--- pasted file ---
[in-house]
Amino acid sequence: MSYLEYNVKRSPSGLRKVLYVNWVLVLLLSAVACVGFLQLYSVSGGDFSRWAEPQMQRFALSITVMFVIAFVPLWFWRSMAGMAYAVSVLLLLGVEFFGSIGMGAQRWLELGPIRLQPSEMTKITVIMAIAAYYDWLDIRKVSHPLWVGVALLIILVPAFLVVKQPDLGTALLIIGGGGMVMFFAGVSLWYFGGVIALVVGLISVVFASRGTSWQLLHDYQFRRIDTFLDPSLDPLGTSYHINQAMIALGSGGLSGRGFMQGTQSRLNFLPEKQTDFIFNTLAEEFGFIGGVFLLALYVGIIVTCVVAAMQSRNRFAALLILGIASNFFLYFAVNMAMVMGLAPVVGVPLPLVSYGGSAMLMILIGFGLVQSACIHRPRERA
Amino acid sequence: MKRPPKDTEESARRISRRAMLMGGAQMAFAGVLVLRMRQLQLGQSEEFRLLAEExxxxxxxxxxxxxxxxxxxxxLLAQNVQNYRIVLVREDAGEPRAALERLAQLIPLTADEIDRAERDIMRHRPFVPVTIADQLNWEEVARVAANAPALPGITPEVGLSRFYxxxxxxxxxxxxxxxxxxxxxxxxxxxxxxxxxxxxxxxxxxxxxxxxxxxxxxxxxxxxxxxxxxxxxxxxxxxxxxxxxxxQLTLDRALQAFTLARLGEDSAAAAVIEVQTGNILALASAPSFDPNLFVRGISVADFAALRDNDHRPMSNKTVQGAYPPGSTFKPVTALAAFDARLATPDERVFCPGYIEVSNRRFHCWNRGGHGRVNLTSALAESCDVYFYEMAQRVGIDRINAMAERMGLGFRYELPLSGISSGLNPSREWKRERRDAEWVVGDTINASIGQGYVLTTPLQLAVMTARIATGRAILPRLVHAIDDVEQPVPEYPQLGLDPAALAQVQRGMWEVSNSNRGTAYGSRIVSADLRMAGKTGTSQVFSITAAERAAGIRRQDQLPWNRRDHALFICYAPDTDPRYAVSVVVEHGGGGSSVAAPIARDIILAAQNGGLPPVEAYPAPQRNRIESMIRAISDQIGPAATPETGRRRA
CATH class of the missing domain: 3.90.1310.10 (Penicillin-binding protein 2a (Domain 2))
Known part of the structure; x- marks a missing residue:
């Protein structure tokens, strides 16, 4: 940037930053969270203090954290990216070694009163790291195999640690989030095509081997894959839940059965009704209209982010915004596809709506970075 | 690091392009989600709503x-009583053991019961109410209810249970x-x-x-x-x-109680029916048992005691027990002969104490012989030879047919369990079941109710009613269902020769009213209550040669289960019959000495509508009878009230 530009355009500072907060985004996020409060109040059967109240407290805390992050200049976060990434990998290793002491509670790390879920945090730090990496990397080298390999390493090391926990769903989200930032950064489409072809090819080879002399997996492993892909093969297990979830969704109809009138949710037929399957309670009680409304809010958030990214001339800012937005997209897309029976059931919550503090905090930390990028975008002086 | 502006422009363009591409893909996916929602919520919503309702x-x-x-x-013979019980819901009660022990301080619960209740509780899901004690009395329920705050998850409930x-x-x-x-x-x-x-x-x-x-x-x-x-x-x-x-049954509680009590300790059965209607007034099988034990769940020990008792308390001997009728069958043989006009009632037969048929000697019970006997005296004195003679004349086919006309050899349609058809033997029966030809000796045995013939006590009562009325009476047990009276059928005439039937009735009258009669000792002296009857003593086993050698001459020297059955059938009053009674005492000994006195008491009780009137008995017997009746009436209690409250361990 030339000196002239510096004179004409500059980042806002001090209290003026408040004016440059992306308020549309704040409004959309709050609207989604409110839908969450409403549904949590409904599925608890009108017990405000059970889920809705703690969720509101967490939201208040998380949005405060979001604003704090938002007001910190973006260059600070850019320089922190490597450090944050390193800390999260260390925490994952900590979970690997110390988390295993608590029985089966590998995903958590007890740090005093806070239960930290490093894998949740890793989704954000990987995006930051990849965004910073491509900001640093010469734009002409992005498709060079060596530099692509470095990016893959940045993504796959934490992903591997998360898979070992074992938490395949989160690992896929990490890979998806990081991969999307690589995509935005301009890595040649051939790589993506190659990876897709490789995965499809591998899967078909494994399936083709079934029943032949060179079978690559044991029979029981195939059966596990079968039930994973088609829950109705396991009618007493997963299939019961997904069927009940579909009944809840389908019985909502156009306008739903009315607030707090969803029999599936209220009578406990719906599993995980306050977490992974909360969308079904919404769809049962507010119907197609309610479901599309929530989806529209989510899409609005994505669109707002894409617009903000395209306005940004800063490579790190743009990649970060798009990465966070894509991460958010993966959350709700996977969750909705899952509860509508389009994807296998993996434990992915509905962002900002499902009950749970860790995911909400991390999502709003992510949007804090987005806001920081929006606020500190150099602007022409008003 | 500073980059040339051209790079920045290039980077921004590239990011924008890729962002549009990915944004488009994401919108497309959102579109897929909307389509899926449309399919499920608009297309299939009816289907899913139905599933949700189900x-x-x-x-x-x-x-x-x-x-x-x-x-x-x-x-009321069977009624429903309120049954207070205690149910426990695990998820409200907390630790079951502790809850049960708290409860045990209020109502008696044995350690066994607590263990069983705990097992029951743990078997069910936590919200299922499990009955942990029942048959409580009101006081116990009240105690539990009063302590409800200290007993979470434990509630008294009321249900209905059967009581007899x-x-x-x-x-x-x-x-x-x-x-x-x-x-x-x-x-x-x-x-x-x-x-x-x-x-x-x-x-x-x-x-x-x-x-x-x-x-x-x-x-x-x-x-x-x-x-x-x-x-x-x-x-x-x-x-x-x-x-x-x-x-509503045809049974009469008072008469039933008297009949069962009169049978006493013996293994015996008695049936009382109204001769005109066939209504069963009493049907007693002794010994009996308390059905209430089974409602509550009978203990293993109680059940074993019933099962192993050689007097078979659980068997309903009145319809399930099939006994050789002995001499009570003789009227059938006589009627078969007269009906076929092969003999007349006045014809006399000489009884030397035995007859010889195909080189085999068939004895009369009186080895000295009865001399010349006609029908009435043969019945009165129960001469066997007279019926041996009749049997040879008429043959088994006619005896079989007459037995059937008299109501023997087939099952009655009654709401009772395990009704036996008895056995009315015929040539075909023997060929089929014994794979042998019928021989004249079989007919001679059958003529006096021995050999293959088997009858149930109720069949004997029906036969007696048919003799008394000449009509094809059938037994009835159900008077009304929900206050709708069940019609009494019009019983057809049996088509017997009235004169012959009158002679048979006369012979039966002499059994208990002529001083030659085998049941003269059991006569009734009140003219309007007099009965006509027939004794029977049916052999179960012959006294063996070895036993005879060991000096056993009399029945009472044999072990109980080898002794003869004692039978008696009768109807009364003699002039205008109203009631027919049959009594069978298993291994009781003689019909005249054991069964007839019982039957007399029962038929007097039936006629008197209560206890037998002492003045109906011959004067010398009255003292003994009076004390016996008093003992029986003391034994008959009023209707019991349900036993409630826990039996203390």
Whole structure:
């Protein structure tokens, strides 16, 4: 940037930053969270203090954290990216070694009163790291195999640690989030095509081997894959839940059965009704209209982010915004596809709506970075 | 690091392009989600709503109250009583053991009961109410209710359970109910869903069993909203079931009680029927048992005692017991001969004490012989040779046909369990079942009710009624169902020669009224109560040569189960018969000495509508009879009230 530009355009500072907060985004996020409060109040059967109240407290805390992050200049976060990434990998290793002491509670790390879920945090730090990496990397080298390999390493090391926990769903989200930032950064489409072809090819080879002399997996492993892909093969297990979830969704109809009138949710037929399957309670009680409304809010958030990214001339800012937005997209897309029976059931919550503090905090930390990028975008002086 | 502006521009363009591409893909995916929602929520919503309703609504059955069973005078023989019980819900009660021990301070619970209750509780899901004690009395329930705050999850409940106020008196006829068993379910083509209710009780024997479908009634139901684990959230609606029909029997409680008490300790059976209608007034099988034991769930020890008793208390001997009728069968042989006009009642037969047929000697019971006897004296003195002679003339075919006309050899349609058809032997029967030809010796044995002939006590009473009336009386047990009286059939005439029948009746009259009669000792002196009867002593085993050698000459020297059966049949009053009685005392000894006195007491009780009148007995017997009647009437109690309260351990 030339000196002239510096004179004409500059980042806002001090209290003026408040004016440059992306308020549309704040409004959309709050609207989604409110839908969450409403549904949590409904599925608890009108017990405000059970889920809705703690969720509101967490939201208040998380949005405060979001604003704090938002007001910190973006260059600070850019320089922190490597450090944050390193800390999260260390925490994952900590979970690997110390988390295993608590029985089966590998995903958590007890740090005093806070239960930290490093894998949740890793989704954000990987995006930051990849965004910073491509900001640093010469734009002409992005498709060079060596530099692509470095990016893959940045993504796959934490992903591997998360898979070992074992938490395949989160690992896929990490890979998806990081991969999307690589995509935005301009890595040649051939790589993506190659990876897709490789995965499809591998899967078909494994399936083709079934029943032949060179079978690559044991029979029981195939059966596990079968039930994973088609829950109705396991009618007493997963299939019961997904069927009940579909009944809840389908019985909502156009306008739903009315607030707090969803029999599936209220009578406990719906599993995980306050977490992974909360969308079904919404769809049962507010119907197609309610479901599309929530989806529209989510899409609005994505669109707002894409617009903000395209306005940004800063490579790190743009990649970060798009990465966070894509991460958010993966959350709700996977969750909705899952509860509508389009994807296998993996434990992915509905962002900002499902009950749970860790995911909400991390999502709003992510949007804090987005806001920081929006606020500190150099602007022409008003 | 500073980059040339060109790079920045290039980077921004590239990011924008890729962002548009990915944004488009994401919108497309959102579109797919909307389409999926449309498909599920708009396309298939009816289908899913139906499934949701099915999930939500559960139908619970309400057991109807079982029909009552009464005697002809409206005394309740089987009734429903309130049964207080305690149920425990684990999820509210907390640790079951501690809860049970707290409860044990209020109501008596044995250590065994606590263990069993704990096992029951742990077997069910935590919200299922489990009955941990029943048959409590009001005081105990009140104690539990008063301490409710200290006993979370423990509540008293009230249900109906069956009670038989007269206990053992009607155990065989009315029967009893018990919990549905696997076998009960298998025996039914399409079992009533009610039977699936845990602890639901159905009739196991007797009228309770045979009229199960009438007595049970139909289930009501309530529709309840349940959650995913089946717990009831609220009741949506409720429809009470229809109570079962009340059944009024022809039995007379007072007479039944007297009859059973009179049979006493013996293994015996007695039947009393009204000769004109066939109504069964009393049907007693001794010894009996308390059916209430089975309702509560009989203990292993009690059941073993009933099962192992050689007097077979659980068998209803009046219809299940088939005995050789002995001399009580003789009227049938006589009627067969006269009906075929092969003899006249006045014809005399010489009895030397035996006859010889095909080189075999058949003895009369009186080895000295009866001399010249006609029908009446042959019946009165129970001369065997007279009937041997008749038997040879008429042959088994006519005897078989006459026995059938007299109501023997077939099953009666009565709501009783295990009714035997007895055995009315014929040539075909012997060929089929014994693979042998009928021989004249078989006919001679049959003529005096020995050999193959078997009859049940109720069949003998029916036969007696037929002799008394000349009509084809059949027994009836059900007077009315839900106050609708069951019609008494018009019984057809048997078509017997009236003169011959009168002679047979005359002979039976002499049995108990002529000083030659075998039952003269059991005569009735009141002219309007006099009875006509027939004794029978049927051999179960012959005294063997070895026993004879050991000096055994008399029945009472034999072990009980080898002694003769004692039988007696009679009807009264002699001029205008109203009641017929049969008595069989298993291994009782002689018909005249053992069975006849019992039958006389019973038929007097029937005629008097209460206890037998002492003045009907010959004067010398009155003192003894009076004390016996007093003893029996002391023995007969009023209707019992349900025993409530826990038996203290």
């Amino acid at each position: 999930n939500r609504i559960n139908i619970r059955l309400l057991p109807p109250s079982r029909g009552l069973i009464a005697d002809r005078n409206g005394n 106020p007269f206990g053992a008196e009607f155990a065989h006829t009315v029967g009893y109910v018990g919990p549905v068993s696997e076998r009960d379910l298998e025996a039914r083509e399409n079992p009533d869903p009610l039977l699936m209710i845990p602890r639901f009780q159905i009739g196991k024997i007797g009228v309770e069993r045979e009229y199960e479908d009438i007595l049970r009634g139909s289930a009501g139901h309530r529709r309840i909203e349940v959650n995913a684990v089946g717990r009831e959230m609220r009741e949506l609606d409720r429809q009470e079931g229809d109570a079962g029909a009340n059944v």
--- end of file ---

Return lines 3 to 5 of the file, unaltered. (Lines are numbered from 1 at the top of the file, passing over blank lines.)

Amino acid sequence: MKRPPKDTEESARRISRRAMLMGGAQMAFAGVLVLRMRQLQLGQSEEFRLLAEExxxxxxxxxxxxxxxxxxxxxLLAQNVQNYRIVLVREDAGEPRAALERLAQLIPLTADEIDRAERDIMRHRPFVPVTIADQLNWEEVARVAANAPALPGITPEVGLSRFYxxxxxxxxxxxxxxxxxxxxxxxxxxxxxxxxxxxxxxxxxxxxxxxxxxxxxxxxxxxxxxxxxxxxxxxxxxxxxxxxxxxQLTLDRALQAFTLARLGEDSAAAAVIEVQTGNILALASAPSFDPNLFVRGISVADFAALRDNDHRPMSNKTVQGAYPPGSTFKPVTALAAFDARLATPDERVFCPGYIEVSNRRFHCWNRGGHGRVNLTSALAESCDVYFYEMAQRVGIDRINAMAERMGLGFRYELPLSGISSGLNPSREWKRERRDAEWVVGDTINASIGQGYVLTTPLQLAVMTARIATGRAILPRLVHAIDDVEQPVPEYPQLGLDPAALAQVQRGMWEVSNSNRGTAYGSRIVSADLRMAGKTGTSQVFSITAAERAAGIRRQDQLPWNRRDHALFICYAPDTDPRYAVSVVVEHGGGGSSVAAPIARDIILAAQNGGLPPVEAYPAPQRNRIESMIRAISDQIGPAATPETGRRRA
CATH class of the missing domain: 3.90.1310.10 (Penicillin-binding protein 2a (Domain 2))
Known part of the structure; x- marks a missing residue: